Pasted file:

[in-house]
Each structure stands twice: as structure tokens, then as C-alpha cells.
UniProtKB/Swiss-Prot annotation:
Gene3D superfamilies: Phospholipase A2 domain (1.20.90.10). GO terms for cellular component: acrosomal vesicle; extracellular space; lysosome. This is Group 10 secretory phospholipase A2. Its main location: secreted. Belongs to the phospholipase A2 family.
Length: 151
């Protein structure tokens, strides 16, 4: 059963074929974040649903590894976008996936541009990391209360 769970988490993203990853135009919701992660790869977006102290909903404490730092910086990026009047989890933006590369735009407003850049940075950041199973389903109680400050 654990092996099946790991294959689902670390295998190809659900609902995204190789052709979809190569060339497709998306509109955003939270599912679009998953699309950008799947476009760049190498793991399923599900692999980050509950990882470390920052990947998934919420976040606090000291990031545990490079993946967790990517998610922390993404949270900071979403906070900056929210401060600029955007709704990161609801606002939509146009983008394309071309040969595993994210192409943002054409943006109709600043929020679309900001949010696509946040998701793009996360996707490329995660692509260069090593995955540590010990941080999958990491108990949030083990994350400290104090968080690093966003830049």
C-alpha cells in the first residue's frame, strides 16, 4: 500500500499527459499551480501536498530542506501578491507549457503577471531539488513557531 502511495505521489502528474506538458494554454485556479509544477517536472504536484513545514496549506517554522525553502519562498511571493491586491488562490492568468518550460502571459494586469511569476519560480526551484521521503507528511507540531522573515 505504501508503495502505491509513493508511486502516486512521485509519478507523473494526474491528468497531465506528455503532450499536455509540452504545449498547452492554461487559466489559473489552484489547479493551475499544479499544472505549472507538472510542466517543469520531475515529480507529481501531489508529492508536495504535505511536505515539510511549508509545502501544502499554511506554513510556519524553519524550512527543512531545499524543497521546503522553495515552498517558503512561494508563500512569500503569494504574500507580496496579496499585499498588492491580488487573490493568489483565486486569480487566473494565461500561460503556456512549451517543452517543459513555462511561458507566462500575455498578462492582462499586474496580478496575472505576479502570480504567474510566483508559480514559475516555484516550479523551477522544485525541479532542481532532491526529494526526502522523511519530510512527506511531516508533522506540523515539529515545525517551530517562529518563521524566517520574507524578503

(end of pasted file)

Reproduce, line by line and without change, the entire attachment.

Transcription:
[in-house]
Each structure stands twice: as structure tokens, then as C-alpha cells.
UniProtKB/Swiss-Prot annotation:
Gene3D superfamilies: Phospholipase A2 domain (1.20.90.10). GO terms for cellular component: acrosomal vesicle; extracellular space; lysosome. This is Group 10 secretory phospholipase A2. Its main location: secreted. Belongs to the phospholipase A2 family.
Length: 151
């Protein structure tokens, strides 16, 4: 059963074929974040649903590894976008996936541009990391209360 769970988490993203990853135009919701992660790869977006102290909903404490730092910086990026009047989890933006590369735009407003850049940075950041199973389903109680400050 654990092996099946790991294959689902670390295998190809659900609902995204190789052709979809190569060339497709998306509109955003939270599912679009998953699309950008799947476009760049190498793991399923599900692999980050509950990882470390920052990947998934919420976040606090000291990031545990490079993946967790990517998610922390993404949270900071979403906070900056929210401060600029955007709704990161609801606002939509146009983008394309071309040969595993994210192409943002054409943006109709600043929020679309900001949010696509946040998701793009996360996707490329995660692509260069090593995955540590010990941080999958990491108990949030083990994350400290104090968080690093966003830049």
C-alpha cells in the first residue's frame, strides 16, 4: 500500500499527459499551480501536498530542506501578491507549457503577471531539488513557531 502511495505521489502528474506538458494554454485556479509544477517536472504536484513545514496549506517554522525553502519562498511571493491586491488562490492568468518550460502571459494586469511569476519560480526551484521521503507528511507540531522573515 505504501508503495502505491509513493508511486502516486512521485509519478507523473494526474491528468497531465506528455503532450499536455509540452504545449498547452492554461487559466489559473489552484489547479493551475499544479499544472505549472507538472510542466517543469520531475515529480507529481501531489508529492508536495504535505511536505515539510511549508509545502501544502499554511506554513510556519524553519524550512527543512531545499524543497521546503522553495515552498517558503512561494508563500512569500503569494504574500507580496496579496499585499498588492491580488487573490493568489483565486486569480487566473494565461500561460503556456512549451517543452517543459513555462511561458507566462500575455498578462492582462499586474496580478496575472505576479502570480504567474510566483508559480514559475516555484516550479523551477522544485525541479532542481532532491526529494526526502522523511519530510512527506511531516508533522506540523515539529515545525517551530517562529518563521524566517520574507524578503